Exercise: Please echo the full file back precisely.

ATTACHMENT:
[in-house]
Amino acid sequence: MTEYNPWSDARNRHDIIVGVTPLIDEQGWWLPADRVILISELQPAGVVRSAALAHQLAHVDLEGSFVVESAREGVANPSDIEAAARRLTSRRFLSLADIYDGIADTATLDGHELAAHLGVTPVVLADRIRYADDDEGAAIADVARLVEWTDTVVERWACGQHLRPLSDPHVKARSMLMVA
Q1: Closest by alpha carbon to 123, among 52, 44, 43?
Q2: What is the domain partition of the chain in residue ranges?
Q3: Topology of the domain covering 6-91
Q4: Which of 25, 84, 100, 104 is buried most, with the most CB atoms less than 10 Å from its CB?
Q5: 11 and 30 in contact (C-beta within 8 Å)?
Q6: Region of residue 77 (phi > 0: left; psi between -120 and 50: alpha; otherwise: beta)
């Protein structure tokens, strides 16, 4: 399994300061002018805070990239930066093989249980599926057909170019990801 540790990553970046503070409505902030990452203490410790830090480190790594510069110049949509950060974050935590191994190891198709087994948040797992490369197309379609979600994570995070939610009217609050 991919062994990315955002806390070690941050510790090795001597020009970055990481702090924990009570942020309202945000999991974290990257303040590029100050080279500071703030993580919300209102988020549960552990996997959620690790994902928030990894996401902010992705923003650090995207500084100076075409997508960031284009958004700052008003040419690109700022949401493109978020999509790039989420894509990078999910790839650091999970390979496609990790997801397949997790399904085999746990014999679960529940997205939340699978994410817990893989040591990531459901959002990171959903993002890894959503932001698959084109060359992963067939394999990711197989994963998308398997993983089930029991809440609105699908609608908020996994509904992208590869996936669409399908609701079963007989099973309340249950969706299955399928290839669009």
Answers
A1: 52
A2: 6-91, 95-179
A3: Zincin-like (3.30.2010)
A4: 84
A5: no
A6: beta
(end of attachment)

[in-house]
Amino acid sequence: MTEYNPWSDARNRHDIIVGVTPLIDEQGWWLPADRVILISELQPAGVVRSAALAHQLAHVDLEGSFVVESAREGVANPSDIEAAARRLTSRRFLSLADIYDGIADTATLDGHELAAHLGVTPVVLADRIRYADDDEGAAIADVARLVEWTDTVVERWACGQHLRPLSDPHVKARSMLMVA
Q1: Closest by alpha carbon to 123, among 52, 44, 43?
Q2: What is the domain partition of the chain in residue ranges?
Q3: Topology of the domain covering 6-91
Q4: Which of 25, 84, 100, 104 is buried most, with the most CB atoms less than 10 Å from its CB?
Q5: 11 and 30 in contact (C-beta within 8 Å)?
Q6: Region of residue 77 (phi > 0: left; psi between -120 and 50: alpha; otherwise: beta)
């Protein structure tokens, strides 16, 4: 399994300061002018805070990239930066093989249980599926057909170019990801 540790990553970046503070409505902030990452203490410790830090480190790594510069110049949509950060974050935590191994190891198709087994948040797992490369197309379609979600994570995070939610009217609050 991919062994990315955002806390070690941050510790090795001597020009970055990481702090924990009570942020309202945000999991974290990257303040590029100050080279500071703030993580919300209102988020549960552990996997959620690790994902928030990894996401902010992705923003650090995207500084100076075409997508960031284009958004700052008003040419690109700022949401493109978020999509790039989420894509990078999910790839650091999970390979496609990790997801397949997790399904085999746990014999679960529940997205939340699978994410817990893989040591990531459901959002990171959903993002890894959503932001698959084109060359992963067939394999990711197989994963998308398997993983089930029991809440609105699908609608908020996994509904992208590869996936669409399908609701079963007989099973309340249950969706299955399928290839669009």
Answers
A1: 52
A2: 6-91, 95-179
A3: Zincin-like (3.30.2010)
A4: 84
A5: no
A6: beta